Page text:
The effect of acetazolamide on collecting duct H+ secretion was studied by measuring the ability of dogs to generate a high urine-to-blood (U-B) pCo2 gradient. In hydropenic dogs, acetazolamide administration resulted in a significant increase in urine pCO2 to the same levels seen in HCO3-loaded dogs with comparable urine HCO3 concentrations. Acetazolamide administration to HCO3-loaded dogs failed to cause a decrease in U-B pCO2. Administration of tris(hydroxymethyl)aminomethane (Tris) buffer to these dogs resulted in a significant increase in U-B pCO2 to the same level as that seen in normal HCO3-loaded dogs receiving Tris. Administration of acetazolamide to dogs with moderately alkaline urine (urine pH 6.4-7.4) failed to either lower or prevent the increase in U-B pCO2 caused by neutral phosphate infusion. These data demonstrate that acetazolamide does not impair the generation of high U-B pCO2. We suggest that the ability to generate a normal U-B pCO2 gradient in the presence of acetazolamide is the result of CO2 generation via uncatalyzed H+ secretion coupled with a decrease in tubular permeability to CO2 also induced by carbonic anhydrase inhibition.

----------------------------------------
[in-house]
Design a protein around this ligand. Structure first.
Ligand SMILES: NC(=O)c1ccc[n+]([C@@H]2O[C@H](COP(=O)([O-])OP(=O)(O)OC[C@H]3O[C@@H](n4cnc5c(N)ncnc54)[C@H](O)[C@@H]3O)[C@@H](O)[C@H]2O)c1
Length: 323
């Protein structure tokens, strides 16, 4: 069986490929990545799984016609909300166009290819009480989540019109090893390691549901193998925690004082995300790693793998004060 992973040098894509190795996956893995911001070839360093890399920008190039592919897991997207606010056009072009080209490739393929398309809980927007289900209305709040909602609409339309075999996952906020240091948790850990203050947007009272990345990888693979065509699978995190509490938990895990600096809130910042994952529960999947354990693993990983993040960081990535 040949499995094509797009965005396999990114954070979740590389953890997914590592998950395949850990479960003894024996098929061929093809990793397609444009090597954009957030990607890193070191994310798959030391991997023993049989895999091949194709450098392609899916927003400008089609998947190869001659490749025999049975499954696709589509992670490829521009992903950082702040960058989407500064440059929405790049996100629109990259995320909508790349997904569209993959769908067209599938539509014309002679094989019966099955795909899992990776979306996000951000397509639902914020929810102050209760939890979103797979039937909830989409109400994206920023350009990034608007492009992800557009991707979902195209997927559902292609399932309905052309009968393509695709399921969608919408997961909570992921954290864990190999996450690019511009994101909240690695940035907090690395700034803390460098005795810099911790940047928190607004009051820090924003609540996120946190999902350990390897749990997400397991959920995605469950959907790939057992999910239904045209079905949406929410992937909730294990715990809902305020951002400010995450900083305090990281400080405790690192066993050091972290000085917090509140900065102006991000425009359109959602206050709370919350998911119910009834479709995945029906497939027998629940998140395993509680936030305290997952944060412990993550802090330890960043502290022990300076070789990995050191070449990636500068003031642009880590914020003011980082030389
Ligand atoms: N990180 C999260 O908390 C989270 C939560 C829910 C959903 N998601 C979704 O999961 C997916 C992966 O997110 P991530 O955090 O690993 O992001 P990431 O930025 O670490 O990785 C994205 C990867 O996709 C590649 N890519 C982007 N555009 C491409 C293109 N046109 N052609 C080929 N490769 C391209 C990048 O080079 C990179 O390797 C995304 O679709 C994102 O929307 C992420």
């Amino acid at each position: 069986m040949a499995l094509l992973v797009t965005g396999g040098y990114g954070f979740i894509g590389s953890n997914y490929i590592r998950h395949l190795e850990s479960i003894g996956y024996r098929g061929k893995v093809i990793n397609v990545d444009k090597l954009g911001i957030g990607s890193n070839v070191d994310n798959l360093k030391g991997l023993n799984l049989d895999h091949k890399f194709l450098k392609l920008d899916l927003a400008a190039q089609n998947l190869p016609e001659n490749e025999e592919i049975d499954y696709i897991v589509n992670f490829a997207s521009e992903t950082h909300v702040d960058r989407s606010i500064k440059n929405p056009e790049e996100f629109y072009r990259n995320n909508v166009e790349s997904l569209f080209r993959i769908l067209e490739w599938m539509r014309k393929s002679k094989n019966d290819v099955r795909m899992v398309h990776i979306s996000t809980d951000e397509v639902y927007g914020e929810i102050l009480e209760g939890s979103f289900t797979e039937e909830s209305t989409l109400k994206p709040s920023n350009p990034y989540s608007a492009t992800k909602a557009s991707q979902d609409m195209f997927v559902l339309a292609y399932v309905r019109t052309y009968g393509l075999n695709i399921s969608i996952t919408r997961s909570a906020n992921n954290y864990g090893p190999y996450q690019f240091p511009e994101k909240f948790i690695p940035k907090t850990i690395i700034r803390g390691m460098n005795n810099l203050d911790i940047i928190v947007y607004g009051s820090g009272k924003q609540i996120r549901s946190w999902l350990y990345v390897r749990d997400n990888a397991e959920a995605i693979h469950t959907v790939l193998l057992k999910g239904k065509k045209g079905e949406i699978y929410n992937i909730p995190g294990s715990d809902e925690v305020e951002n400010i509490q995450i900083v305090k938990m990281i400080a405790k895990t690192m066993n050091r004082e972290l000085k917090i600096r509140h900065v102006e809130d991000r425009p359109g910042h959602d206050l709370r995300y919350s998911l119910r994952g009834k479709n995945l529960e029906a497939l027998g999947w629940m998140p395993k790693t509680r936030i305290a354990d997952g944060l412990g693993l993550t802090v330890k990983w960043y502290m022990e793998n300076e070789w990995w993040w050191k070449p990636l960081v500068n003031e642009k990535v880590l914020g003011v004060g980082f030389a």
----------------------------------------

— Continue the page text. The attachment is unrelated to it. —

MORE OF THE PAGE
|Original language||English (US)|
|Number of pages||11|
|Journal||Mineral and Electrolyte Metabolism|
|State||Published - Jan 1 1981|
ASJC Scopus subject areas
- Endocrinology, Diabetes and Metabolism